David Gulden's 2006 photograph of a mother leopard taking a 'late-morning nap' in Kenya's Itong Hills is a revelation. She couldn't be more relaxed. She couldn't be more like your house cat settled on your favorite blanket on the couch. Mr. Gulden is an obsessive, willing to work for years to capture a shot of an animal in its habitat, unconcerned by human encroachment... For a shot of a crowned eagle and its young, the photographer tried dozens of mounds... The final shot of the mother, flying in with green leaves in her talons as her chick looks on, is an astonishing split-second drama.
(Wall Street Journal
)'Gulden's black and white still portraits... are breathtaking... The Centre Cannot Hold is a superb photographic document of a disappearing world.'
(Le Journal de la Photographie
)'The product of Gulden's efforts is a beautiful collection of true wildlife photography that provides the reader with a unique perspective of nature—one that is not preoccupied with manicured landscapes, generic compositions, or predictable framing. It's a must-have title for both animal and photography enthusiasts alike.'
(Andrew Lasane Complex Art+ Design, October 18, 2012
)Yeats’ poem suggests that the old methods of categorization no longer apply. Gulden captures an animal’s startling individuality by intricate scars on its face, their deaths, and their wriggling tendons and feathers. In an age where technology has made photography more accessible than ever, Gulden preserves the technique that no cutting edge camera in itself can produce: patience. Out of a deep respect for the individual organism, The Center Cannot Hold recognizes that if an individual animal is to be portrayed compassionately, the artist must be willing to wait.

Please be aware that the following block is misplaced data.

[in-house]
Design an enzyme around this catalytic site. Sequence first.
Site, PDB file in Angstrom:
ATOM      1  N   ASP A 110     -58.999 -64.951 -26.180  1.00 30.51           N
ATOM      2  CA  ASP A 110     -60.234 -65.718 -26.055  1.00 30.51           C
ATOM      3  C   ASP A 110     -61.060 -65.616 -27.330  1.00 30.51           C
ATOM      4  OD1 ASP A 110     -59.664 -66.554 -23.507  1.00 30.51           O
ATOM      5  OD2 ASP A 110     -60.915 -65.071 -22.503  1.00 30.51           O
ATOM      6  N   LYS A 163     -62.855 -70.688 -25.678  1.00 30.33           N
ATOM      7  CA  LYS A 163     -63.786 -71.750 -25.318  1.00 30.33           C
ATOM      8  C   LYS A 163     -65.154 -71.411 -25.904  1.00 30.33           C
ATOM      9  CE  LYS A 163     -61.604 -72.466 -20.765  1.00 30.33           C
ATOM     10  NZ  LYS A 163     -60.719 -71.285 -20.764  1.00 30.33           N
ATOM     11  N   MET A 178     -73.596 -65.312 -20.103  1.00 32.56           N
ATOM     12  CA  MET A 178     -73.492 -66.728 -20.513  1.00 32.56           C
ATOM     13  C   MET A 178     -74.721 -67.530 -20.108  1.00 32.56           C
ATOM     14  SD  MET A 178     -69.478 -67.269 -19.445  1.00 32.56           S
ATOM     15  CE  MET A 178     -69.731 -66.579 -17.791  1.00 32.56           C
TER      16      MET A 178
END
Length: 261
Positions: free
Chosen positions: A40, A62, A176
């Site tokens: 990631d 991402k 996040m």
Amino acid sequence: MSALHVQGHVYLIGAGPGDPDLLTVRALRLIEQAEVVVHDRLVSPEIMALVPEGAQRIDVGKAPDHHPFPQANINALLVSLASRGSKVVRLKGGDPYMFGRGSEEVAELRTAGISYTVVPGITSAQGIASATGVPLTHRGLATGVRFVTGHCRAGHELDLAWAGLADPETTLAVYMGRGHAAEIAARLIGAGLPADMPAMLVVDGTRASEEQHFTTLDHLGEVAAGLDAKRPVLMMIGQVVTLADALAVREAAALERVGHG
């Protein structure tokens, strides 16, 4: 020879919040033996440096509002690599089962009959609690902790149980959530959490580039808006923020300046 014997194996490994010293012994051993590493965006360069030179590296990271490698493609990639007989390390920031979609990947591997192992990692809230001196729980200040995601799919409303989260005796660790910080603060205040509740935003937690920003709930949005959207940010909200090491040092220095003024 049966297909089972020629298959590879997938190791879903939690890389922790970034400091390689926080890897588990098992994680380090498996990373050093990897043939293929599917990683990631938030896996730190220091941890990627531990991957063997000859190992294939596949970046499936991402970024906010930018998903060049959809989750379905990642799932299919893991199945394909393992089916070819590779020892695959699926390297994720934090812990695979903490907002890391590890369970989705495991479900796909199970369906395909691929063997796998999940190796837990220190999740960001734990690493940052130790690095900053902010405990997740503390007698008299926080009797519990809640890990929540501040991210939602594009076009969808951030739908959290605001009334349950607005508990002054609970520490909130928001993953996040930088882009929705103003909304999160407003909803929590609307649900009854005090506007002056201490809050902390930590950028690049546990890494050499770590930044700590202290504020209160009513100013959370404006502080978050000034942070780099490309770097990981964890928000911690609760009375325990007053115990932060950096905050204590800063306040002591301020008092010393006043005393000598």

(Conor Higgins PMc Magazine, Spring 2015
)Storytelling moments are wonderful because they will draw your audience into the image with you. In this moment, the lion and lioness have their heads together and there is a tenderness in their position. As humans we can put our own feelings into the moment and build a story around our personal interpretation. The magic of these moments cannot be underestimated as a device for grabbing the attention of the viewers.
(Neolla Ballenger, Apogee Magazine)
About the Author
|David Gulden is a native New Yorker who has spent at least half of every year for the past twenty in Africa, primarily in Kenya, where he has fastidiously photographed virtually every form of wildlife across the country from the Masai Mara to Lake Turkana. He has been educated in the United States and is a graduate of The Pomfret School in Connecticut, the National Outdoor Leadership School in Kenya, and Roanoke College in Virginia.|